Gun-rights proponents ‘delighted’
A federal judge issued a preliminary injunction blocking a California board’s effort to ban gun shows from a San Diego County fairground.
Federal District Judge Cathy Bencivengo issued a verbal order from the bench preventing the Del Mar Fair Board from enforcing a moratorium they recently adopted on gun shows at their fairgrounds. The case was filed by a coalition of gun-rights groups after the board passed the ban in January.
The Second Amendment Foundation, the National Rifle Association’s Institute for Legislative Action, and California Rifle and Pistol Assocation joined a number of gun dealers and clubs as well as five private citizens to challenge the board in court.
They said the ban on gun shows at the location is a violation of their Second Amendment rights.
Judge Bencivengo agreed there was enough of a case to block the ban pending further litigation.
So when Newsome signs the bill into law as he surely will, it means gun shows will no longer be able to be run on state owned property.
This of course means that gun shows will move to privately owned property until those who believe themselves to be our overseers confiscate our land.
This of course will likely bring on a revolutionary war.
The gun-rights groups celebrated the judge’s order.
“Of course, we’re delighted with this ruling,” Alan M. Gottlieb, Second Amendment Foundation executive vice president, said in a statement. “At a time, and in a state, where law-abiding gun owners seem under constant attack, having a federal judge side with our complaint validates our efforts to protect constitutional and civil rights.”
Tiffany Cheuvront, civil rights attorney for the Crossroads of the West gun show that has operated at the fairgrounds, said the plaintiffs believe this first win is a sign they will ultimately prevail in the case.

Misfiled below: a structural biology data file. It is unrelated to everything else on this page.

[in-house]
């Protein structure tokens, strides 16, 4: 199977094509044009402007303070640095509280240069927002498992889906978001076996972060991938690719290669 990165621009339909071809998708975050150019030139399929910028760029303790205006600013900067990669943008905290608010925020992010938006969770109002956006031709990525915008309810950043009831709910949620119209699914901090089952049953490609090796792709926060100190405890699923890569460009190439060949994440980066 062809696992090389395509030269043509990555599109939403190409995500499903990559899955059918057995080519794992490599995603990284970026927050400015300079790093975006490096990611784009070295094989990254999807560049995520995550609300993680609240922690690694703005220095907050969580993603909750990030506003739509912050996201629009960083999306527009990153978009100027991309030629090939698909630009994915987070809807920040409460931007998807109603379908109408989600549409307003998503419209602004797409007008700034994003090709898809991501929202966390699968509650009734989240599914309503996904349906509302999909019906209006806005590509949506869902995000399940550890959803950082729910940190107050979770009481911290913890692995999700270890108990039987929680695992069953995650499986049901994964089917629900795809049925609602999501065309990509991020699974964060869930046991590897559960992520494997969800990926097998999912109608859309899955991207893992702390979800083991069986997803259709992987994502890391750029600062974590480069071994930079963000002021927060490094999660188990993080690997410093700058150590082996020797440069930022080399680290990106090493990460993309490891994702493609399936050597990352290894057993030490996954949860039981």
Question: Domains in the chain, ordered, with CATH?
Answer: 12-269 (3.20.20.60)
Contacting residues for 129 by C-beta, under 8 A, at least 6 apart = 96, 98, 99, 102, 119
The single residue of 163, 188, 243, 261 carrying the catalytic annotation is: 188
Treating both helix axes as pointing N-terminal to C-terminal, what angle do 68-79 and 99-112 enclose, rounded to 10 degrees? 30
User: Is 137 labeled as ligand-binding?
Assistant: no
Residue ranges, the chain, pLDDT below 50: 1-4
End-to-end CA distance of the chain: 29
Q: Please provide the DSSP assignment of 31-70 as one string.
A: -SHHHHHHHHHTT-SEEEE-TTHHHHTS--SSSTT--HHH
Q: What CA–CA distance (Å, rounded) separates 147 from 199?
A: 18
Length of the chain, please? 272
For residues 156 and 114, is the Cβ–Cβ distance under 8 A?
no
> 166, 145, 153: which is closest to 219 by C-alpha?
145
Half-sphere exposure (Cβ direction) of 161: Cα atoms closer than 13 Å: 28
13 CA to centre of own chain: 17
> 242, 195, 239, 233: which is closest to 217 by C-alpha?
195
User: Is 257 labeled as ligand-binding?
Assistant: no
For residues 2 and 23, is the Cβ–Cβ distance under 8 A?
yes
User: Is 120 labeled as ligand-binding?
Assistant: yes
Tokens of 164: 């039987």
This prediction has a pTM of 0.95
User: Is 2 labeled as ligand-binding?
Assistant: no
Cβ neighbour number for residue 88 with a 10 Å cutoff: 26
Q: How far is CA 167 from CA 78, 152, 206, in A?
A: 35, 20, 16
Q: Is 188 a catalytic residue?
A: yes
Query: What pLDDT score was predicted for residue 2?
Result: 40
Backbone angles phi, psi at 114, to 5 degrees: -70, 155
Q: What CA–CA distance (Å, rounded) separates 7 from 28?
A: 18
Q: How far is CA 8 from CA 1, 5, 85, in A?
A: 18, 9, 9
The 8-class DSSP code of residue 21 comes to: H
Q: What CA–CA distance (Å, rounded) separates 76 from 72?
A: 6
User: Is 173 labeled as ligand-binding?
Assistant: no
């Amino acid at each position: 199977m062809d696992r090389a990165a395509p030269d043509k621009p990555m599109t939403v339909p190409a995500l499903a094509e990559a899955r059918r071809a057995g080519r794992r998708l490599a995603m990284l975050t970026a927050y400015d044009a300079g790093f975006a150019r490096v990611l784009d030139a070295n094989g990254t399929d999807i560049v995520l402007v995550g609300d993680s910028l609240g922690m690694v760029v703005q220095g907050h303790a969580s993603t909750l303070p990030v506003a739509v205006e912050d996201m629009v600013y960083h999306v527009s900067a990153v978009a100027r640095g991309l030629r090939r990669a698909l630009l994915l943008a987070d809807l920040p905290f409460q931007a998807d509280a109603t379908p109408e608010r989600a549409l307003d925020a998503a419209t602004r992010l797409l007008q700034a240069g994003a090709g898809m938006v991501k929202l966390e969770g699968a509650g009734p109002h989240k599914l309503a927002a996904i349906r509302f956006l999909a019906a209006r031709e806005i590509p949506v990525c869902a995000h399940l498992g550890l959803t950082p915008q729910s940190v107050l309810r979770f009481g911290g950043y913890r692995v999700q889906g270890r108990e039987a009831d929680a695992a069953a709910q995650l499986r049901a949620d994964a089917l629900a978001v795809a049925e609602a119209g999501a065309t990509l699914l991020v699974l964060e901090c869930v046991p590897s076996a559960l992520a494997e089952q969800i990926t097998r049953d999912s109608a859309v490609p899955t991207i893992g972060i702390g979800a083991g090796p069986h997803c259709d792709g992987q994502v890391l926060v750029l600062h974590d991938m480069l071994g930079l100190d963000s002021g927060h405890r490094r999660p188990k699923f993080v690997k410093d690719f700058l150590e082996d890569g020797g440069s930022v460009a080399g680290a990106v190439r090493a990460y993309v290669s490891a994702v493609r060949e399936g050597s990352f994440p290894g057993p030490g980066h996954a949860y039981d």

“We’re thankful Judge Bencivengo sees the Constitutional problem with banning these safe, perfectly-legal events and is allowing the show to go on while we continue to fight,” she said in a statement. “We’re confident that as this case progresses, law-abiding Americans’ civil rights will not be unjustly violated and that we will prevail.”
If the plaintiffs do succeed in the case, they will still have to fight state legislation that would also ban gun shows at the fairgrounds.
“The communities around the Del Mar Fairgrounds have been clear: They do not want these gun shows taking place on this state-owned land,” Assemblywoman Lorena Gonzalez (D., San Diego), one of the bill’s cosponsors, told KPBS earlier this year. “With this bill, we are demonstrating that we value people over guns and are putting public safety first.”
Her bill passed the California Assembly in April and passed through the Senate Public Safety Committee on June 11, according to the Del Mar Times.
Cheuvront said efforts to ban the Crossroads of the West gun show are animated mainly by a bias against guns, not public safety.
“These well-funded anti-gun groups are using every myth in the book to push their anti-gun agenda on a legal, safe, and family-friendly event that has been held for years because they simply don’t like guns,” Cheuvront said.
A schedule for the next hearing in the court case has not yet been made public. Gonzalez’s bill is expected to pass the Senate and head to Governor Gavin Newsom (D.) this fall.